Gout is an inflammatory type of arthritis caused by too much uric acid in the blood. Uric acid is a chemical that can form needle-like hard crystal deposits in the joints. Uric acid is created when the body breaks down substances called purines, which are found in some foods and drinks including liver, anchovies, mackerel, dried beans and peas, and beer.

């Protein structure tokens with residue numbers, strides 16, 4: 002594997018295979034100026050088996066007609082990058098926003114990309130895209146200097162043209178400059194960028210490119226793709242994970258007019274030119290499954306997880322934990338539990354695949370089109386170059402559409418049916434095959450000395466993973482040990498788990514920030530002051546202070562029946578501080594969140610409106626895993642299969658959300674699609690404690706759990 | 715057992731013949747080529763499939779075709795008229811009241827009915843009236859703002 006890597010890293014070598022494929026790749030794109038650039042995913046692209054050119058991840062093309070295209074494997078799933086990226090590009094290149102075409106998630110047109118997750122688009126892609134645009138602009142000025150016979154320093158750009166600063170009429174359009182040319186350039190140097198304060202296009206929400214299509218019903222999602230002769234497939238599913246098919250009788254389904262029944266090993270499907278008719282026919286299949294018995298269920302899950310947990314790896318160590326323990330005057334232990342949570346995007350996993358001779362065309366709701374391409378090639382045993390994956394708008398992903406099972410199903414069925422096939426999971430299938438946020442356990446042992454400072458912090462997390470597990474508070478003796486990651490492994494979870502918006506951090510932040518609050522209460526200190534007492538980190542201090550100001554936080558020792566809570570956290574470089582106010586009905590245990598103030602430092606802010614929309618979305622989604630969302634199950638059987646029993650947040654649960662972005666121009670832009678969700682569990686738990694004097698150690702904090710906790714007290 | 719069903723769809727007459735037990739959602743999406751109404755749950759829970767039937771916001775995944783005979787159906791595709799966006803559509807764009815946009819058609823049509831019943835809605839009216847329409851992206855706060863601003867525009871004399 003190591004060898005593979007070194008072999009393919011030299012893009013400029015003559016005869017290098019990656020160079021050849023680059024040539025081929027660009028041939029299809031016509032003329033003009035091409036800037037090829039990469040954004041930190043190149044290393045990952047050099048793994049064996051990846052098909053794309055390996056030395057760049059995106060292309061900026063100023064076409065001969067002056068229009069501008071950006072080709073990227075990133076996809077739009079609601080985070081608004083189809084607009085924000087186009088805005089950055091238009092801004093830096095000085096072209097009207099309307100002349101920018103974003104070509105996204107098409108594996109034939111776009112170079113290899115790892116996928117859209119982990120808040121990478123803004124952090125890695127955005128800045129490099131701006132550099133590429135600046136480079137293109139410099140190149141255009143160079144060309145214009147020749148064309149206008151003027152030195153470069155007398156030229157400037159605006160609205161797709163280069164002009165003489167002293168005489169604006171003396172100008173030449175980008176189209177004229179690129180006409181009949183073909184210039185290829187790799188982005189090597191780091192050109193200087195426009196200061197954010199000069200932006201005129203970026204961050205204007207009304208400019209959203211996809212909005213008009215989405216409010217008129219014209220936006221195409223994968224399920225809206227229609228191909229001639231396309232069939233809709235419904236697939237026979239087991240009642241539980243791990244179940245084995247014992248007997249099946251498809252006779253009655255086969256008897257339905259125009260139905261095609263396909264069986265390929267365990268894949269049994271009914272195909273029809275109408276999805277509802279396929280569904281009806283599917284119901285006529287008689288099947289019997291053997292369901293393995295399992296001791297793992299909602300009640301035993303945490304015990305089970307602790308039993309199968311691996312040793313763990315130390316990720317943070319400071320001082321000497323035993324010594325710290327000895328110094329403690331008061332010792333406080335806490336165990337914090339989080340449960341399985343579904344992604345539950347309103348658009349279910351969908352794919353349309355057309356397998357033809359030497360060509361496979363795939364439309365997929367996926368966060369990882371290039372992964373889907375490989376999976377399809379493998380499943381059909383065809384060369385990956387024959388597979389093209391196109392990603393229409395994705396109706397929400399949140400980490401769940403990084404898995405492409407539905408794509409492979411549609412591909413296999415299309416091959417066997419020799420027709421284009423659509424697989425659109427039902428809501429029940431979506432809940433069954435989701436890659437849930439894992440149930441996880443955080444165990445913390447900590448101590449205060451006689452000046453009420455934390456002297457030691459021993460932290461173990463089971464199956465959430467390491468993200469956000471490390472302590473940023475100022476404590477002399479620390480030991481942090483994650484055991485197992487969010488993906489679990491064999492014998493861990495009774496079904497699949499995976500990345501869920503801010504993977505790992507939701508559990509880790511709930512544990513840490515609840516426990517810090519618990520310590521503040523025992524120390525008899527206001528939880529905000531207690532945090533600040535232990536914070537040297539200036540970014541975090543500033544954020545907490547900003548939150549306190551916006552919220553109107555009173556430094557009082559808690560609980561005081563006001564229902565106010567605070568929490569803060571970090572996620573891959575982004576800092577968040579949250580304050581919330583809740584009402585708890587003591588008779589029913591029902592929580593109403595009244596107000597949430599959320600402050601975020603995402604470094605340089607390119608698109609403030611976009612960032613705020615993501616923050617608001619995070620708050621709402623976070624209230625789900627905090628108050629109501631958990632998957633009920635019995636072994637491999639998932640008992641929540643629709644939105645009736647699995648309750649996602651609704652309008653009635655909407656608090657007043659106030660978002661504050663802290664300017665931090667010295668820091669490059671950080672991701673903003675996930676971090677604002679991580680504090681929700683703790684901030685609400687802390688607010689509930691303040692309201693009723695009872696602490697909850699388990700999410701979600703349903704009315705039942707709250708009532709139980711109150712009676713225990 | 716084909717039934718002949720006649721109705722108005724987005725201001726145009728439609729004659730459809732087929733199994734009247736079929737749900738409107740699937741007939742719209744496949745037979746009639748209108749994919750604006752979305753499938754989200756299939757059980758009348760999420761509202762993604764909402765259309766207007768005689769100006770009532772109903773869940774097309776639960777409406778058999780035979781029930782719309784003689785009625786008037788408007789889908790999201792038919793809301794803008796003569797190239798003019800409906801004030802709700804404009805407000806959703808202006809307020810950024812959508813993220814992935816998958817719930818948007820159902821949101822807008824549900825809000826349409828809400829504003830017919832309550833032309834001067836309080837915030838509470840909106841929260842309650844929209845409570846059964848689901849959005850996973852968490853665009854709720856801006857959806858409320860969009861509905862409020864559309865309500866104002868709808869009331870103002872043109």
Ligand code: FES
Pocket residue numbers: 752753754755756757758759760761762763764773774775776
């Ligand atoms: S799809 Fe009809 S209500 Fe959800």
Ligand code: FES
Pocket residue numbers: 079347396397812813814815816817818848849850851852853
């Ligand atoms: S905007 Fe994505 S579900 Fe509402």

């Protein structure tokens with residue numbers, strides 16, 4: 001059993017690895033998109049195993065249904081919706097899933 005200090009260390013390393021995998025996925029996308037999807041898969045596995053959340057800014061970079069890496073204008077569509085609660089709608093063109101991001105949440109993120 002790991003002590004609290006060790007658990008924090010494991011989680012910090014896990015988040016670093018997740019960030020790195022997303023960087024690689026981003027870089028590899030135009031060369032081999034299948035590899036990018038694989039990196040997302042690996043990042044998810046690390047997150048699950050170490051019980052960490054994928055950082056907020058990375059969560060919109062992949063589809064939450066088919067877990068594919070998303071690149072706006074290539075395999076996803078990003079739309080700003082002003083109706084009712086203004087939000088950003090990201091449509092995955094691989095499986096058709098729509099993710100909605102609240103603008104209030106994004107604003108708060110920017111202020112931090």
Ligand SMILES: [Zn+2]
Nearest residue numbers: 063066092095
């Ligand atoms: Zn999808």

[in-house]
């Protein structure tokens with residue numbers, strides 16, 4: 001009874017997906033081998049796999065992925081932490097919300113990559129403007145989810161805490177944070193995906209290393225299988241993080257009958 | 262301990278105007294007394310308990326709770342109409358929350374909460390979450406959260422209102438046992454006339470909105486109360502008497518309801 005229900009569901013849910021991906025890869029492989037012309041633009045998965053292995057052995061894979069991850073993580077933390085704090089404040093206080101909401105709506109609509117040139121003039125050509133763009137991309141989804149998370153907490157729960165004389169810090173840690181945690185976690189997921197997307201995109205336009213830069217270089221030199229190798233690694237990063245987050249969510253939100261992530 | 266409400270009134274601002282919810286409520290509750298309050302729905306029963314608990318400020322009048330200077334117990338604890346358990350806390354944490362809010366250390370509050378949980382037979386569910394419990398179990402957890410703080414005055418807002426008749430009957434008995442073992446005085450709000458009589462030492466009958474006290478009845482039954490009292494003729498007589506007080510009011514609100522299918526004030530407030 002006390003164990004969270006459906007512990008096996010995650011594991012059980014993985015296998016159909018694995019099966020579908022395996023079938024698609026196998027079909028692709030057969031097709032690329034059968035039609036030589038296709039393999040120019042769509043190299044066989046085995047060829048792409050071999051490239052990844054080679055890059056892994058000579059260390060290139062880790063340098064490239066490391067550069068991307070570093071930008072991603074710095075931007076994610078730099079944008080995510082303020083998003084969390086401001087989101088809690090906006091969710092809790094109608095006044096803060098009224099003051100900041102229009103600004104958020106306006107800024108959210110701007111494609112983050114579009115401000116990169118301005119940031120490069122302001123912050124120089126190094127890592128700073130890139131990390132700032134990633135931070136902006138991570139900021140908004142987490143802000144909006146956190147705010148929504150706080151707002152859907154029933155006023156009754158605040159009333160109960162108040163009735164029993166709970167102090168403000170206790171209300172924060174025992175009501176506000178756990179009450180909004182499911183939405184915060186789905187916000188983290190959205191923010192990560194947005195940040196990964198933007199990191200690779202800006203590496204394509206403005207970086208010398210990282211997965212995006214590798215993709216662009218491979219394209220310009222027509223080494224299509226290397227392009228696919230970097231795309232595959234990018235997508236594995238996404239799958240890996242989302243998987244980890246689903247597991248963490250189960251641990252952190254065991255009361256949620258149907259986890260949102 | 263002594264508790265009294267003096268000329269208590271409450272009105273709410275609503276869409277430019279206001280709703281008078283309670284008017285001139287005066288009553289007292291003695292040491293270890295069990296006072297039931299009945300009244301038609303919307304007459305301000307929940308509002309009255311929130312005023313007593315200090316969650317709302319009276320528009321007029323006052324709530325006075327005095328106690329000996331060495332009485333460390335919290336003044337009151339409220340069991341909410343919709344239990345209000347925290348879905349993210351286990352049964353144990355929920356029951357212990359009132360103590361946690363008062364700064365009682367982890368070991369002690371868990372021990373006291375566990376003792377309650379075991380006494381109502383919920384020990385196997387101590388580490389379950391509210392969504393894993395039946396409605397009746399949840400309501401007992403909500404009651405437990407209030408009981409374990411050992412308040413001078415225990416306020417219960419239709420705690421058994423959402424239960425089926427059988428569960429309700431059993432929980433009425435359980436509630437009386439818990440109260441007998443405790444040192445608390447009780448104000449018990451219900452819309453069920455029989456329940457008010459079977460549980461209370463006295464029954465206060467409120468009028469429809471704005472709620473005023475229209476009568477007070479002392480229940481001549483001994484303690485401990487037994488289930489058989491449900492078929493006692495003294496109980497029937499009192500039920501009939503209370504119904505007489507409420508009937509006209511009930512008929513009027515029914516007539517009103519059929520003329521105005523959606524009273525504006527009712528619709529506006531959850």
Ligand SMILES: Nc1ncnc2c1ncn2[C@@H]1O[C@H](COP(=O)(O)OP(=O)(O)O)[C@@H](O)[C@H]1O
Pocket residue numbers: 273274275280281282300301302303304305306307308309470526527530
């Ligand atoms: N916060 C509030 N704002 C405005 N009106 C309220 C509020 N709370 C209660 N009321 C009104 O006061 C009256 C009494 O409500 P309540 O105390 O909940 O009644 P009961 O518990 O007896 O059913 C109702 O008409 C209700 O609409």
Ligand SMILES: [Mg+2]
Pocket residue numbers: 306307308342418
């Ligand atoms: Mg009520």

Gout can cause a sudden, severe attack of burning pain, stiffness, redness and swelling in a joint, usually a big toe. Over time, this disease can harm the joints, tendons and other tissues. People with gout are at higher risk of hypertension, diabetes, metabolic syndrome, and renal and heart disease; however, the good news is that it is one of the most treatable forms of arthritis.